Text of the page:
A number of times during the HS2 evidence session, I wished that Perry Mason was present in the committee room. For example:

“Do you think it is crucial that HS2 and HS1 are linked together?” – Q52 posed by Karen Lumley MP to Geoff Inskip of Centro, Sir Richard Leese of Manchester City Council and Cllr Mark Winnington of Staffordshire County Council on the morning of Tuesday 9th July (transcript).

“Objection, your Honor! That is a leading question.”

“Apart from the obvious economic benefits of having high-speed rail from London to Birmingham and then to Leeds and Manchester, do you think there would be greater benefits to your respective city regions if that rail line extended even further north into Scotland and the central belt connecting to Edinburgh and/or Glasgow? – Q103 posed by Graeme Morrice MP to Ben Still Greater Birmingham and Solihull LEP and Chris Tunstall Sheffield City LEP on the afternoon of Tuesday 9th July (transcript).

“Objection, your Honor! According to the National Audit Office, amongst others, the economic benefits have not been demonstrated to date.”

“Again, I have not read it [the 51m alternative to HS2], but I have been told that this is what is in there: it does nothing for freight. I am not sure what it will do, apart from not building a new railway.” – Chris Tunstall replying to Q110 from Frank Dobson MP on the afternoon of Tuesday 9th July.

“Objection, your Honor! That is hearsay. The witness admits that he has not read the proposal, so how can he comment upon it?”

“May I say to Sir Richard that he is absolutely right? One of the purposes of the Bill, among others, is that it cements the commitment to phase 1and phase 2. He can rest assured that I am as anxious as he is that the legislative progress goes as swiftly as possible, so that we can get on with building this railway.” – Q42 posed by Simon Burns MP to Sir Richard Lease on the morning of Tuesday 9th July.

“Objection, your Honor! The Minister will have the opportunity to give his views when he gives evidence to the Committee.”

And just to illustrate that I can be fair-minded:

“Can I also make the point that, as currently intended, these business people who will be put out of business will be entitled to no compensation whatever? Their premises are not going to be demolished; it is just that there will be a sort of Berlin wall between them and their principal source of customers.” – Supplementary to Q165 by Frank Dobson MP (anti-HS2) to Dr Adam Marshall of the British Chambers of Commerce on the morning of Thursday 11th July (transcript).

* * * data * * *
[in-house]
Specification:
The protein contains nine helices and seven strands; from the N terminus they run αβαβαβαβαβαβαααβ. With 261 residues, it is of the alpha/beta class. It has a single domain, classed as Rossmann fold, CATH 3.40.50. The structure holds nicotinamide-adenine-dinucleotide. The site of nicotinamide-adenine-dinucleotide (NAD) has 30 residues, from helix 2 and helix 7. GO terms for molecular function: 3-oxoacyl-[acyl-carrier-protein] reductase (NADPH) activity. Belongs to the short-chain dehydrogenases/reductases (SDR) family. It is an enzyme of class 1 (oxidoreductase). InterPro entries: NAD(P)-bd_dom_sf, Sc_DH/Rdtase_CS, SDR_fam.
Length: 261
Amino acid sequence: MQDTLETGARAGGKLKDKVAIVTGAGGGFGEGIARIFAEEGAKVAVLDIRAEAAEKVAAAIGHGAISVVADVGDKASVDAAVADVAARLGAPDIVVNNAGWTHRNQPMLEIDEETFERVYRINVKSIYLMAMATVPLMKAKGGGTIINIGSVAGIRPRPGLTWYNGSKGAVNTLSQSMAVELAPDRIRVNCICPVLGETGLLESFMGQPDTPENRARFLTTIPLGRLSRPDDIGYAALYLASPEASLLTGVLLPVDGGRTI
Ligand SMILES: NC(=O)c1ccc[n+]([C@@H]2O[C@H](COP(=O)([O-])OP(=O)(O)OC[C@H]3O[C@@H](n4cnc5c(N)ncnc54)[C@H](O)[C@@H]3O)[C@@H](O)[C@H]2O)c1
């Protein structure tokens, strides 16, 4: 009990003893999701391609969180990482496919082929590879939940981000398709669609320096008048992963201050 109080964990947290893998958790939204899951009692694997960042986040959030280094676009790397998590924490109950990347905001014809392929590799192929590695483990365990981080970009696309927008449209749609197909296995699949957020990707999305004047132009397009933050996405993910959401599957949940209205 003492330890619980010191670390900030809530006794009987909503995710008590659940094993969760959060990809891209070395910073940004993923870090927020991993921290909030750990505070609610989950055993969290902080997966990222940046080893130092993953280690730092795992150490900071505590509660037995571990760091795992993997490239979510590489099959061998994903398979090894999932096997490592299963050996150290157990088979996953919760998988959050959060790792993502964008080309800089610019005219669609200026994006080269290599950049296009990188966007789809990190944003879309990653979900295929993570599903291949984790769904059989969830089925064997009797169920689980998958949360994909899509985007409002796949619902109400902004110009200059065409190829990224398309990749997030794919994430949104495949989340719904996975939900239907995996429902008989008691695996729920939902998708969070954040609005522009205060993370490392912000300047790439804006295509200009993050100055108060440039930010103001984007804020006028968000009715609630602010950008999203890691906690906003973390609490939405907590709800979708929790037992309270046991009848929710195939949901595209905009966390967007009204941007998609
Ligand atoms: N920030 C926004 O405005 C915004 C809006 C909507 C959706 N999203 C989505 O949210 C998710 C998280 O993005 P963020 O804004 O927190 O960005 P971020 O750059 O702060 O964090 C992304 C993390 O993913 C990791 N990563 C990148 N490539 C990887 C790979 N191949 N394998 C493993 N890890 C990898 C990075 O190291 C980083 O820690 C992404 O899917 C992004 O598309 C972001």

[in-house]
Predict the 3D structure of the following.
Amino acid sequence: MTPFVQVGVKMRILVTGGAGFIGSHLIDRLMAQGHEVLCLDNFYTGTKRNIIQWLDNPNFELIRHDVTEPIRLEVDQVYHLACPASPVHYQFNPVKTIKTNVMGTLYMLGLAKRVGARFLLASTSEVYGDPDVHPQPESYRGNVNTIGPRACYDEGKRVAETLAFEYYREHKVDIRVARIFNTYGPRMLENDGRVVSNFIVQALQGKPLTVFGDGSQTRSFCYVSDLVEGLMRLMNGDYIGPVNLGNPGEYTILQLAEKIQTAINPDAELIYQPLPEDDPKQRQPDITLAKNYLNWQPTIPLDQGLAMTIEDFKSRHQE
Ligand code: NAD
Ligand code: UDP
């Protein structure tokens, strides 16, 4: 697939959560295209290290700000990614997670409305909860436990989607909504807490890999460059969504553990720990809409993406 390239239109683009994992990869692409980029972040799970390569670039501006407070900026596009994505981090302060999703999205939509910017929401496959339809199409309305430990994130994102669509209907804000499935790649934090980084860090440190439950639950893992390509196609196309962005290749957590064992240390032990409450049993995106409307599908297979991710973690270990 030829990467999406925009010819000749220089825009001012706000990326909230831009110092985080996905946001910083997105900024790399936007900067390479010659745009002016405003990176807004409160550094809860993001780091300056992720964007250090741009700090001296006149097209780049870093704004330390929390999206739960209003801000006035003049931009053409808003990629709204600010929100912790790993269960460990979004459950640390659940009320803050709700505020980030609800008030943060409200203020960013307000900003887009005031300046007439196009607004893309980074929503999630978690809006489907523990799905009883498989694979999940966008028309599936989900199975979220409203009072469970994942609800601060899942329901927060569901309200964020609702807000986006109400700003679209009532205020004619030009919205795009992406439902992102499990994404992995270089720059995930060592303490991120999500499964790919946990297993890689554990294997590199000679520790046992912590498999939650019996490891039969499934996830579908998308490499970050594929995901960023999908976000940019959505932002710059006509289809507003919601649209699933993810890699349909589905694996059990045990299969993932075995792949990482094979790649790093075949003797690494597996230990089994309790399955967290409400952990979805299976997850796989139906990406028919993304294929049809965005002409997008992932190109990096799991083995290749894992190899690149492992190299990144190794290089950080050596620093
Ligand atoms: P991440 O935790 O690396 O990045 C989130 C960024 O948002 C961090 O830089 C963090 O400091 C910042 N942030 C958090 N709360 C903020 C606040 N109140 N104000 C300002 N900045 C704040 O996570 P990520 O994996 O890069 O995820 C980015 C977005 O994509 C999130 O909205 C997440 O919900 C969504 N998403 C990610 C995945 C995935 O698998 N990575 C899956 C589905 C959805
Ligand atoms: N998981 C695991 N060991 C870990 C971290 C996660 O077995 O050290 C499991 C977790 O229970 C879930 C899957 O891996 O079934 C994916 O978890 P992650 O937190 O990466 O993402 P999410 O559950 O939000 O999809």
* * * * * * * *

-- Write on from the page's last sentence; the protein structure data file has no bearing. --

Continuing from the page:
We don’t need to speculate what Perry Mason may have said at this juncture, as the Chairman intervened with, “I remind Members that we should be asking questions, rather than making comments”.

Despite the reservations that I have expressed about the evidence sessions, there was a mass of issues discussed that it would be remiss of me to let pass without comment. Accordingly, I plan to post over the coming weeks some additional blogs that will scrutinise a selection of the topics that the Committee and its witnesses examined.

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One response to this post.

  1. Posted by chriseaglen on September 6, 2013 at 6:19 pm

    Signs of self importance, clique power. Try listening to Lord Andrew Adonis fly over the politics of 2010 to 2015 in BOOKTALK and you will no longer be surprised. A mixture of the informed and uninformed. The PMs view on his fellow MPs and their decision making was for all to listen and see from Moscow in the interview with the BBC. Do the right thing compared with the weak taking the easy path. The Oxford School of the 21st Century is very confused and lacking in direction, other than perpetual circles. Sounds as though this Select Committee has achieved this ahead of the remaining Parliamentary elements.

    Reply